Colorectal Cancer on the Rise in Young Adults

Colorectal cancer (CRC) is a devastating disease with a high mortality rate when it is not detected early. In Canada, it is the third most common cancer and the second leading cause of cancer deaths. In 2015, for example, doctors newly diagnosed more than 25,000 individuals with colon cancer, of whom 9,300 eventually died.1 Thankfully, with an increase in awareness of this disease, physicians are catching it early more often, resulting in an overall decrease in mortality rates. Currently, the standard for colorectal cancer screening involves a colonoscopy every ten years for those who are fifty years of age or older and those with inflammatory bowel disease of any age. Typical risk factors for the disease include having a family history of colon cancer or a genetic predisposition to it. However, since the mid 1990s, more Canadians younger than fifty years of age, who do not have any typical risk factors, have been developing colorectal cancer.

Lifestyle factors affect risk of developing colon cancer

In 1969, 745 individuals between the ages of 15 and 49 developed colorectal cancer in Canada, when its population was 21 million; by 2010, when its population increased to 34 million, the number diagnosed with colorectal cancer essentially doubled to 1,475 individuals. To explain this increase, Canadian researchers in Ontario compared the rising cancer rates against associated lifestyle risk factors. These factors included overweight and obesity, inadequate vegetable and fruit intake, lack of physical activity, alcohol intake, and smoking. The authors classified overweight and obesity as having a body mass index of ≥25. Statistics Canada measured adequate vegetable and fruit intake as consuming five or more servings per day. They also defined physical inactivity as a total energy expenditure equivalent to walking less than 30 minutes a day. Alcohol intake involved drinking one bottle of beer or one serving of wine, cocktail, or other liquor daily or occasionally. They defined smoking as consuming tobacco daily or occasionally.

The authors gathered cancer incidence data from the National Cancer Incidence Reporting System, the Canadian Cancer Registry, and the Quebec Cancer Registry for the years 1969 to 2010. The team separated the information by sex and three age groups (15-29, 30-39, 40-49 years). Statistics Canada supplied the information on lifestyle risk factors. The study found that colorectal cancer rates have been increasing faster in males than females, especially for those between 15 and 29 years of age. More importantly, the number of young Canadians under 40 years of age who are overweight or obese has been steadily increasing at a rate of 1.9% a year from 1981. For example, only 19.8% of males and females 15-29 years old were obese in 1981; by 2012, this had increased to 32%. Similarly, only 30% of Canadians 30-39 years old were overweight or obese in 1981; now more than half of this cohort is no longer at what is currently recognized as a healthy weight.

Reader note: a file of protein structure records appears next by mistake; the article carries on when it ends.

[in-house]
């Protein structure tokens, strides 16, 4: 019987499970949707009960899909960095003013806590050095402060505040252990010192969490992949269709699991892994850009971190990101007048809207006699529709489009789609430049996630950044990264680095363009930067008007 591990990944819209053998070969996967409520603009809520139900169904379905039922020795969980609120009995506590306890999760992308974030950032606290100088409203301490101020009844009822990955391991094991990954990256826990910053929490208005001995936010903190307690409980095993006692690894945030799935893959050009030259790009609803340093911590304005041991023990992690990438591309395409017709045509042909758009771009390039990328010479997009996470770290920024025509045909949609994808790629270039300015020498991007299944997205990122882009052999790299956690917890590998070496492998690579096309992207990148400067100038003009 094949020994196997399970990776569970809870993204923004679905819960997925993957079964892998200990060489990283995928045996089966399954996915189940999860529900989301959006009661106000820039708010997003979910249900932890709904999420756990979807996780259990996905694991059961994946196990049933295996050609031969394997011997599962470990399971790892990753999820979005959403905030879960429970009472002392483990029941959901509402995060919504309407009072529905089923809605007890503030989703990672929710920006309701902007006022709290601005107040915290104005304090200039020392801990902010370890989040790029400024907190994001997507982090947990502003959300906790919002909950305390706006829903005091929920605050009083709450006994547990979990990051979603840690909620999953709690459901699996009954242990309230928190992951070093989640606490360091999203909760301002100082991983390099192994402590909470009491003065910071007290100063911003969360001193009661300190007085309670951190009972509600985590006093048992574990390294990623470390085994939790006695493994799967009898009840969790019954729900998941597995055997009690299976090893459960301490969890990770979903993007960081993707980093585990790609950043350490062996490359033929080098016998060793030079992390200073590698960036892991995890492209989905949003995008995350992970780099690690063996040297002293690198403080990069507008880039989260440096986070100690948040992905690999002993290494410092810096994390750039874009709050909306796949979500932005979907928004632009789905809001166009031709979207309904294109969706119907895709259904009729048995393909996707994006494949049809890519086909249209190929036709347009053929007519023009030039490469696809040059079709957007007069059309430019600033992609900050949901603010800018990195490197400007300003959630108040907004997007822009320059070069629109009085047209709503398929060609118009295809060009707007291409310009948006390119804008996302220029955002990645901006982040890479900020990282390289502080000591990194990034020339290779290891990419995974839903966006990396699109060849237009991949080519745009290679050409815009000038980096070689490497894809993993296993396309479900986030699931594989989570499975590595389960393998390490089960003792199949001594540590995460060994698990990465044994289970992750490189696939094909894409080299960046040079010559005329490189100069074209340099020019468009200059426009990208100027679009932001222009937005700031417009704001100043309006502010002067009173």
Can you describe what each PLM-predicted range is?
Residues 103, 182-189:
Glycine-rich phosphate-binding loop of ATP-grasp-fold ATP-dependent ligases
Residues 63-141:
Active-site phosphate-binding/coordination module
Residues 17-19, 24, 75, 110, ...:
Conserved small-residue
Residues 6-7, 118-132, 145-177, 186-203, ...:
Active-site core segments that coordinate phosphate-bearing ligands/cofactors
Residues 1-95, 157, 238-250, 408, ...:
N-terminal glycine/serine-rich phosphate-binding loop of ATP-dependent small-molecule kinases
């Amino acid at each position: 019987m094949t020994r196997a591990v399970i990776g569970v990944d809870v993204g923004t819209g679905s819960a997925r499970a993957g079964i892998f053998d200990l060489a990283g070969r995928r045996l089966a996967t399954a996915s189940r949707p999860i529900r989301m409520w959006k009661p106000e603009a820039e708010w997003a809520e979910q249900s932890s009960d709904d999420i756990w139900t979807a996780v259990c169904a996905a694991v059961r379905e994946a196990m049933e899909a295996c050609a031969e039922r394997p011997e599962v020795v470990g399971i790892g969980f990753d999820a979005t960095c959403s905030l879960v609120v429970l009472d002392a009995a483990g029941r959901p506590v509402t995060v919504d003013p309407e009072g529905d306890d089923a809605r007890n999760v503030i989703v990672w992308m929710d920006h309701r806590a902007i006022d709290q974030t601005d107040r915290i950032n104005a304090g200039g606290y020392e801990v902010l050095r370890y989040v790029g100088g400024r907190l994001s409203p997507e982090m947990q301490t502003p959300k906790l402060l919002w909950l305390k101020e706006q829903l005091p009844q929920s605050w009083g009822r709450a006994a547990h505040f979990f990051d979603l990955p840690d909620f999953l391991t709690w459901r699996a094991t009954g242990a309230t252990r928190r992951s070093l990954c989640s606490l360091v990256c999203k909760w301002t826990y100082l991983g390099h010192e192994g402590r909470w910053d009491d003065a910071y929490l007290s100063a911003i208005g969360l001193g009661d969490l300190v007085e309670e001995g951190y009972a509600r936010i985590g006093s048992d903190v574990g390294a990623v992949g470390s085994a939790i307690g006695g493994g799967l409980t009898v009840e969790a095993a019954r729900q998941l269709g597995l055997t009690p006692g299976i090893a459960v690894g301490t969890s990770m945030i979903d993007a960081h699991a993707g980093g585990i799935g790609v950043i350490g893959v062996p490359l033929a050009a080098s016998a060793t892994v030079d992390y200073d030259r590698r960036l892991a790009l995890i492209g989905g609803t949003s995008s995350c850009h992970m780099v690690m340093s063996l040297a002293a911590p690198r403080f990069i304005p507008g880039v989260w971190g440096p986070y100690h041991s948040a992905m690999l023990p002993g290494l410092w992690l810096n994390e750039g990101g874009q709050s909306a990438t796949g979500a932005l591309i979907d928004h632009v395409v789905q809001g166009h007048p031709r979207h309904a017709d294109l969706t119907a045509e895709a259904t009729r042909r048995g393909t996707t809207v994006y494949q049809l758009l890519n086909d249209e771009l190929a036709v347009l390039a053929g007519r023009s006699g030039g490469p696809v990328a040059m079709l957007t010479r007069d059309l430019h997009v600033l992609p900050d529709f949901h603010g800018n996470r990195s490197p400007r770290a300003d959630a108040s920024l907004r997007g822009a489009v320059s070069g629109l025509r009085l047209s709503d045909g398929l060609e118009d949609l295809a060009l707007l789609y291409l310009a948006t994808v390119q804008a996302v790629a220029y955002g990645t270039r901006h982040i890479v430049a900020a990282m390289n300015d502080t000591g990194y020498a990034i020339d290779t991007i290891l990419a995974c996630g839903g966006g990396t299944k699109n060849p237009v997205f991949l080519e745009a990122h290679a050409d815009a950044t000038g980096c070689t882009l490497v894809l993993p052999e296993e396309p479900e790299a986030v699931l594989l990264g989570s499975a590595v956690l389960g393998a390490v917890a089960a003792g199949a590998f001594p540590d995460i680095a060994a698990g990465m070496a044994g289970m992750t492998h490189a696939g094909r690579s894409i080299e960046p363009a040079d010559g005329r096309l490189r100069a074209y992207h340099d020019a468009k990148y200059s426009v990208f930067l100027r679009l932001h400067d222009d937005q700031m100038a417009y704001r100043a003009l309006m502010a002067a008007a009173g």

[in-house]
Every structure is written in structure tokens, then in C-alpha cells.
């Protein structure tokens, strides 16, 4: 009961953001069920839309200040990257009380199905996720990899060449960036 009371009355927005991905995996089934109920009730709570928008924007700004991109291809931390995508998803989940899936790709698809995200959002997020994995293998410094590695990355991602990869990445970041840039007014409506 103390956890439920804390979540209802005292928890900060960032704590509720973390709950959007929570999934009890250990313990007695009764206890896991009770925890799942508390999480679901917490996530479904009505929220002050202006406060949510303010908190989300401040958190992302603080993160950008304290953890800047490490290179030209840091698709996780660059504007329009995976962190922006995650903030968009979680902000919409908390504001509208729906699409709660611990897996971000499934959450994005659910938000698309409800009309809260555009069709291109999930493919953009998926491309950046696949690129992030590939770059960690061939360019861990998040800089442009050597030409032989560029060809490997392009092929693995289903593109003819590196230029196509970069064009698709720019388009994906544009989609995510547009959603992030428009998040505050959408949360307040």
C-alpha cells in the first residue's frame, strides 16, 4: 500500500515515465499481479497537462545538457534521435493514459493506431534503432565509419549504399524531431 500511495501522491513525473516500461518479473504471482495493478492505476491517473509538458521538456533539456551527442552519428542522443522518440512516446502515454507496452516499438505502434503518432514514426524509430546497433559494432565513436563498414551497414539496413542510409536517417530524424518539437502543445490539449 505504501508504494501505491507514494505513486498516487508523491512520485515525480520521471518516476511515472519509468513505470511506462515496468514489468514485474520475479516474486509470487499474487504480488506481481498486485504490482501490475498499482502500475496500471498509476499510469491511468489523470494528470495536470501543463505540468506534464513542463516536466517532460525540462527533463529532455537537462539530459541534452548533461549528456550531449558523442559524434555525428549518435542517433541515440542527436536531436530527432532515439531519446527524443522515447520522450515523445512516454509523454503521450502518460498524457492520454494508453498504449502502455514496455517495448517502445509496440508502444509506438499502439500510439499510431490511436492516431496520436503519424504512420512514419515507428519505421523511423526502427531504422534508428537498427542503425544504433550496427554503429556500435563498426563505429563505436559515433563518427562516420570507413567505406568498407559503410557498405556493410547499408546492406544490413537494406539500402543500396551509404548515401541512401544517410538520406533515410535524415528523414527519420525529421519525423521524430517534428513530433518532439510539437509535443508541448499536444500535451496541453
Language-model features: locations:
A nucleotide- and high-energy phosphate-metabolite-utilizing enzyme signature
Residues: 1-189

However, it is important to note that this result is confounded by the fact that the BMI range for overweight and obesity changed during this period.2 We know that increased weight is a factor, but the numbers might not be accurately captured for direct comparison purposes.

What is BMI?

The body mass index (BMI) is a calculation used to provide a rough estimate of whether an individual or a population group is underweight, healthy weight, overweight, or obese. To calculate BMI, divide your weight in kilograms by the square of your height in metres (kg/m2) and compare to this chart.

Underweight <18.5 kg/m2
Healthy Weight 18.5-24.9 kg/m2
Overweight 25-29.9 kg/m2
Obese ≥30 kg/m2


While vegetable and fruit consumption increased, physical inactivity rates declined slightly, alcohol consumption remained steady, and smoking declined, Canadians younger than 50 years of age are experiencing rising incidences of colorectal cancer. In fact, the rise in cancer was greatest in the youngest cohort (ages 15-29). Data from the United States has shown a similar trend. Out of all the risk factors, the expanding waistlines of younger Canadians has likely played a role in the rising trends. Maintaining a healthy weight is a combination of diet and exercise.

First published in the Inside Tract® newsletter issue 200 – 2016
1. Patel P et al. Trends in colorectal cancer incidence and related lifestyle risk factors in 15-49-year-olds in Canada, 1969-2010. Cancer Epidemiology. 2016;42:90-100.
2. Kuczmarski et al. Criteria for definition of overweight in transition: background and recommendations for the United States. American Society for Clinical Nutrition. 2000;72:1074–81.
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